November 12 Thoughts

November 12, 2012 at 13:13 2 comments

As I am sitting here on 12 November, the day when Veterans’ Day is officially observed, trying to get used to the new bump in my chest, it is dawning on me that it is a good day to be both a Veteran and a Priest. In the Army we used to say that every day is a good day to be a Soldier. I have been blessed with many wonderful folks in the Army from whom I have learned so much, and perhaps and hopefully, grown a bit.

Recently through a number of sources, including Facebook and my blogs, and just ordinary happenstances of one sort or another, I very recently have come into contact with a number of folks from my past, both in the Army and in civilian parish ministry, who have for some misguided reasons, expressed appreciation for things they feel I have done that helped them. This has come literally from all over the world, and has made the last few weeks very interesting and unsettling.

In the Army I grew as a priest. The biggest growth spurt I think was in Viet Nam – a whole new way of being a priest. It was the great equalizer. All of us were afraid, and we all took care of each other. I think I have been looking for that again ever since. I definitely found it in the Army, and I hope I contributed something to it. I definitely took a lot away from it. Many of my closest friends had no contact with or interest in religion. We just got along well and got to know each other. This happens easily, it seems, in the Army, but not so easily in the civilian world. At least for me. There were wonderful relationships and experiences I am thankful for and would never give up.

There are exciting things happening in our Church. I feel that because of my experience with the wonderful folks in the Army I might have a perspective on current church happenings that is somewhat different from that of my brother priests back here, although I would be hard-put to define it.  I have had the thrill of working on an equal footing with wonderful women chaplains, with married priests, with chaplains of other faiths and traditions, all of whom have taught me much and enabled me to broaden my horizons. I know beyond doubt that women bring to pastoral ministry a sensitivity and perspective that we celibate males will never have, and that the same is true of married priests, ministers and Imams, and that we all can and need to learn from each other. I have learned what it is to put individual differences aside and focus al together on the accomplishment of a mission. Perhaps most importantly, I have learned that all of us in all traditions have more in common than what divides us, and this is where we need to put our energy. None of us has the only way to God for everybody always and everywhere.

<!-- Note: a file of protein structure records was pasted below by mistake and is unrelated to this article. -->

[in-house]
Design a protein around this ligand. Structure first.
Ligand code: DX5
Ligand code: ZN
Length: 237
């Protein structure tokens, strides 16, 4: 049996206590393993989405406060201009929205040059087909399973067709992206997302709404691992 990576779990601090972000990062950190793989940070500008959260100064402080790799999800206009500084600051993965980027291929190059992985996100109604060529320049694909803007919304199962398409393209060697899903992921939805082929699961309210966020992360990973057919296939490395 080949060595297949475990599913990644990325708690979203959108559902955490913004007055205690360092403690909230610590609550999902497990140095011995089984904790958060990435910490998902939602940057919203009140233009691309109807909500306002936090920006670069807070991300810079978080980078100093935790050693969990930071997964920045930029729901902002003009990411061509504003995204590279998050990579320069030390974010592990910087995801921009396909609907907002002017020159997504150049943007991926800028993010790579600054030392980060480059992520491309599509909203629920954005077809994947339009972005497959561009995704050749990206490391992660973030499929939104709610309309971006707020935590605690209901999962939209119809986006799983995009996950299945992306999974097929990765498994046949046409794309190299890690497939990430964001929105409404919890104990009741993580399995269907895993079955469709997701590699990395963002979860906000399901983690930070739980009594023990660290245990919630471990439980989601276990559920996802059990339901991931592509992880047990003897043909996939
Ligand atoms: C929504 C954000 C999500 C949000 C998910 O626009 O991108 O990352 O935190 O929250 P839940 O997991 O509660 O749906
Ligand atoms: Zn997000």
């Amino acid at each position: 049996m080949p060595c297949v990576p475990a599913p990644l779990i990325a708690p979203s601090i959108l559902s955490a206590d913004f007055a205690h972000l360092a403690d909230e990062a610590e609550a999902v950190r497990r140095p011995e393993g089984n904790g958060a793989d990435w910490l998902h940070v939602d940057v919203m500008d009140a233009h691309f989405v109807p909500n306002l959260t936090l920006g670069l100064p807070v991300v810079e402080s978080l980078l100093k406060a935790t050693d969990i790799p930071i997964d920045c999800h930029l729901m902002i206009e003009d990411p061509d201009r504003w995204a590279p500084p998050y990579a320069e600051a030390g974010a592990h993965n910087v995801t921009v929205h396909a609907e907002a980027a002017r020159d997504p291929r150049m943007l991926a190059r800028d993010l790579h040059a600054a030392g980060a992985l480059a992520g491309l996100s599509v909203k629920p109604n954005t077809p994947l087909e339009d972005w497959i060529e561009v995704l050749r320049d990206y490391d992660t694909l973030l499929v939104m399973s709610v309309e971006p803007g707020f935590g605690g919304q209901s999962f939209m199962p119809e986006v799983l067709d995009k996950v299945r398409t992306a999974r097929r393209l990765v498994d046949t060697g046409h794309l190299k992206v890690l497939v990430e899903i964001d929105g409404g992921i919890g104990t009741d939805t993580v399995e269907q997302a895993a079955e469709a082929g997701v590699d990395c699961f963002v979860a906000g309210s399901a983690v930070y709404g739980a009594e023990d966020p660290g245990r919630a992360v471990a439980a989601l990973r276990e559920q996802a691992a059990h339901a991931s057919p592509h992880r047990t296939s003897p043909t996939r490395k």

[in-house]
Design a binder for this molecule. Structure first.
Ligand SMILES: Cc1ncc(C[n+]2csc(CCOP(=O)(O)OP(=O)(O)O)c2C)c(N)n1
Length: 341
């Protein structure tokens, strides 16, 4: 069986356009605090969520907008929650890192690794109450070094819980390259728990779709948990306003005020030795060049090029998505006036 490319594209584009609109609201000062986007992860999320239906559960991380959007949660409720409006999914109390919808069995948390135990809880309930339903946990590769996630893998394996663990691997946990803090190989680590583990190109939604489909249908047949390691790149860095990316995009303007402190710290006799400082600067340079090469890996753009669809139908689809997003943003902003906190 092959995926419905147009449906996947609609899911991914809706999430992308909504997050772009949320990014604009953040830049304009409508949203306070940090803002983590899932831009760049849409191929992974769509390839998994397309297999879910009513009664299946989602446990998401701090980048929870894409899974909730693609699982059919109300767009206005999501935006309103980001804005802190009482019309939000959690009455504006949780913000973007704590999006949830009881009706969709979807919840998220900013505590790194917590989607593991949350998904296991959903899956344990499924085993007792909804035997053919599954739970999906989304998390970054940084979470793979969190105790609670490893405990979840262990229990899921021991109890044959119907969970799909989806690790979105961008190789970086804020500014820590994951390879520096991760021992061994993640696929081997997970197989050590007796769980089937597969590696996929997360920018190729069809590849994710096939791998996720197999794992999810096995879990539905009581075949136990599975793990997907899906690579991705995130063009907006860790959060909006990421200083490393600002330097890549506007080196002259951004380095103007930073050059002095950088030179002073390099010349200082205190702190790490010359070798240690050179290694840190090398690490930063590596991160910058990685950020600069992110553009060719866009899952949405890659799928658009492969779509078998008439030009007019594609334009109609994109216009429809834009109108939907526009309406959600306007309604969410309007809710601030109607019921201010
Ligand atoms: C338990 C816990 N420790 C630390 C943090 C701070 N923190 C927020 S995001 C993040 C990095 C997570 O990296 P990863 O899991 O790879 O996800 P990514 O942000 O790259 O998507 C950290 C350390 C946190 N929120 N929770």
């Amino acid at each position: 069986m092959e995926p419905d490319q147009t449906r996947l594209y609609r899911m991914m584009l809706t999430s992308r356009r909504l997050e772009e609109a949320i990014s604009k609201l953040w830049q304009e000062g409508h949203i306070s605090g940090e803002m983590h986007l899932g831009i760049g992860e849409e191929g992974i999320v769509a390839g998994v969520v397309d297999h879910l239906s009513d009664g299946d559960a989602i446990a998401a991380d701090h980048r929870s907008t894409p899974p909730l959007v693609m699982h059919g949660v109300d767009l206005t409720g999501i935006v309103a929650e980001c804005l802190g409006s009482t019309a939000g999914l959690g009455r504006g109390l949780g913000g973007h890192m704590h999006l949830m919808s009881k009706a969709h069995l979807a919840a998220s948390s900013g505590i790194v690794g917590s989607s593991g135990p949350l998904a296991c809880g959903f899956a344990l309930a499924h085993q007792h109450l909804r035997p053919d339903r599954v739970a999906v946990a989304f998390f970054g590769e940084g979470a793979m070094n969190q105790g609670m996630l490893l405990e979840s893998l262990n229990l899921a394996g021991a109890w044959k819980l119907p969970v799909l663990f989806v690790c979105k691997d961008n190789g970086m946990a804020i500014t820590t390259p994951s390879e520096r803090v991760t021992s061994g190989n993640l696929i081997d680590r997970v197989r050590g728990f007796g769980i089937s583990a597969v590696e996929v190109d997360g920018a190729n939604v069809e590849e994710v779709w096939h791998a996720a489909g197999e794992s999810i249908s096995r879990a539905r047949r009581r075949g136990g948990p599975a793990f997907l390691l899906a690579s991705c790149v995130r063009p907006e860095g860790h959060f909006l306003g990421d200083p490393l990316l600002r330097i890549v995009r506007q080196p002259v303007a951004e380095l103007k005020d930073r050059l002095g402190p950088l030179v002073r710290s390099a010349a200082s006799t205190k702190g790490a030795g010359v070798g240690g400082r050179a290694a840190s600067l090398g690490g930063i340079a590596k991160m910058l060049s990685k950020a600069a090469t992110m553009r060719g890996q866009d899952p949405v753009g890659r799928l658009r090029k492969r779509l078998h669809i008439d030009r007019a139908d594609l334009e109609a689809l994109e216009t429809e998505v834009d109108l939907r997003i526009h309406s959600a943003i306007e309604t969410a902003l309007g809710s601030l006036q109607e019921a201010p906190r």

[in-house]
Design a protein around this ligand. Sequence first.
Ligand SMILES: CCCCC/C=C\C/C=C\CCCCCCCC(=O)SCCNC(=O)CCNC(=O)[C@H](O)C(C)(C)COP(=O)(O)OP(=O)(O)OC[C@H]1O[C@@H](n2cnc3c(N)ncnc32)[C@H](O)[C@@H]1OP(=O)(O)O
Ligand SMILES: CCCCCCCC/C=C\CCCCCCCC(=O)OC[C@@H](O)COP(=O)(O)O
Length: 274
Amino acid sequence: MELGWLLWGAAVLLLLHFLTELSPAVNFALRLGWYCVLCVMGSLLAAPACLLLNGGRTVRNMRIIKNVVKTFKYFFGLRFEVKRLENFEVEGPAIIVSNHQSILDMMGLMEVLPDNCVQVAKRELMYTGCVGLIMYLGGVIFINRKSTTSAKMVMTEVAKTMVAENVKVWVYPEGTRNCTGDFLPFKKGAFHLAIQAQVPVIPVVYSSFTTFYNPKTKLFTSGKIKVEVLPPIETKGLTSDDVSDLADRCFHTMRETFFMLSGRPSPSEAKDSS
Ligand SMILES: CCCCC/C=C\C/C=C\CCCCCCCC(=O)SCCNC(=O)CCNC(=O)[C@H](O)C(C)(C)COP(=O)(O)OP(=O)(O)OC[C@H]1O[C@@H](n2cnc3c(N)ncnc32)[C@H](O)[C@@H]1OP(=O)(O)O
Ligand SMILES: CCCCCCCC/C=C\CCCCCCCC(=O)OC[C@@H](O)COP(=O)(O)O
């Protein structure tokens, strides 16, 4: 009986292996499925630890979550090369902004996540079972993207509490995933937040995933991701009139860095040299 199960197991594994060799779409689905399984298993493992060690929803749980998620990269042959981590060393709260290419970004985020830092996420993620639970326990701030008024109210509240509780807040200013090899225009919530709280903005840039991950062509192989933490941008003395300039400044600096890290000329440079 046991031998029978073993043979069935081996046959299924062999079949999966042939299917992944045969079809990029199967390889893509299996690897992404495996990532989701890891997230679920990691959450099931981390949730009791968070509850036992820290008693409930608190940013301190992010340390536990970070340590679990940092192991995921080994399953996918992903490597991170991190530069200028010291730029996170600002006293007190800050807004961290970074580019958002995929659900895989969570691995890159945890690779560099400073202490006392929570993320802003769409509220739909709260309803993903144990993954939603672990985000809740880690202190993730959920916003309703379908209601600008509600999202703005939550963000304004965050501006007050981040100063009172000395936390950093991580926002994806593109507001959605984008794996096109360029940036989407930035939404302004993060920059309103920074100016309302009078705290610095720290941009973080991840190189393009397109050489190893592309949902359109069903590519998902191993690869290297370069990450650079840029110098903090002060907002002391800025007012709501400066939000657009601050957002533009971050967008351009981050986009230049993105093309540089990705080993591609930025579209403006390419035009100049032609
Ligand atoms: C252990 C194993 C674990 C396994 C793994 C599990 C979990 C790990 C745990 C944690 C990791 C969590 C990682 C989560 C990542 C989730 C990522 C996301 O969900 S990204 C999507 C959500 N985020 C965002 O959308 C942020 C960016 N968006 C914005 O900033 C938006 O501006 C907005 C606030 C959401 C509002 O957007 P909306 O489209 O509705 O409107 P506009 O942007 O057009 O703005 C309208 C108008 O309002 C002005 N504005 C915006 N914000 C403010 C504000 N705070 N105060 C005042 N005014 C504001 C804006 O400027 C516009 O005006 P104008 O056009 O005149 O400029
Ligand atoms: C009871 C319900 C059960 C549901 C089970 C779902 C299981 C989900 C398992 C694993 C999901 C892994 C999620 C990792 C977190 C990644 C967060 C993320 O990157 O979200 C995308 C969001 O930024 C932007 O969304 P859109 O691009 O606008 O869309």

I have learned that there are a number of our folks who live and work in the shadows, so to speak, because this is where our country calls them to serve. They have their own needs, one of which is their need for God who loves them, and perhaps I have been able to help them find this God, an experience for which I am humbly and forever grateful. I have encountered folks of amazing integrity and principles, not to mention courage and dedication, often unappreciated by the general public. The recent fall from grace of one of our renowned public servants points out the challenges inherent in so many situations. The temptations and opportunities to make bad choices are powerfully present. Good folks mess up. God loves and cares. Anybody without can fall. We need to be there for each other, and knock off the judging. BTDT, as have so many of us.

I hope I have learned how unimportant and unnecessary, even perhaps dangerous, it is to judge people by our own standards for anything. None of us has all the answers even for our own daily living, and certainly not for others’ daily living. We don’t know their story or their journey. We do know there is goodness in each of us, so lets focus on that. One of the greatest lessons was spoken by Pope Benedict: “Every one of us is the consequence of a thought in the mind of God; every one of us is important, every one of us is necessary, none of us is an accident”. Serving with so many wonderful in the Army has made this abundantly clear.

I cannot give enough thanks to the folks I served with in the Army. I hope I have learned from and grown with every single one of them. They have truly been gifts of God to me, and this includes the wonderful folks with whom I might not have gotten along.

More on this at

It really is a good day to be a Veteran and a Priest.


Entry filed under: Army, Army Families, Army Wives, Catholic, Chaplain, Church Leadership, Current Church, Forbidden topics, Uncategorized.

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2 Comments Add your own

  • 1. buck cameron  |  November 12, 2012 at 14:18

    Jim, I always thought that bump in your chest was a big heart.

    • 2. phrogge  |  November 12, 2012 at 17:32

      Buck, maybe too big. This bump is an implantable defibrillator. Its good to hear from you.


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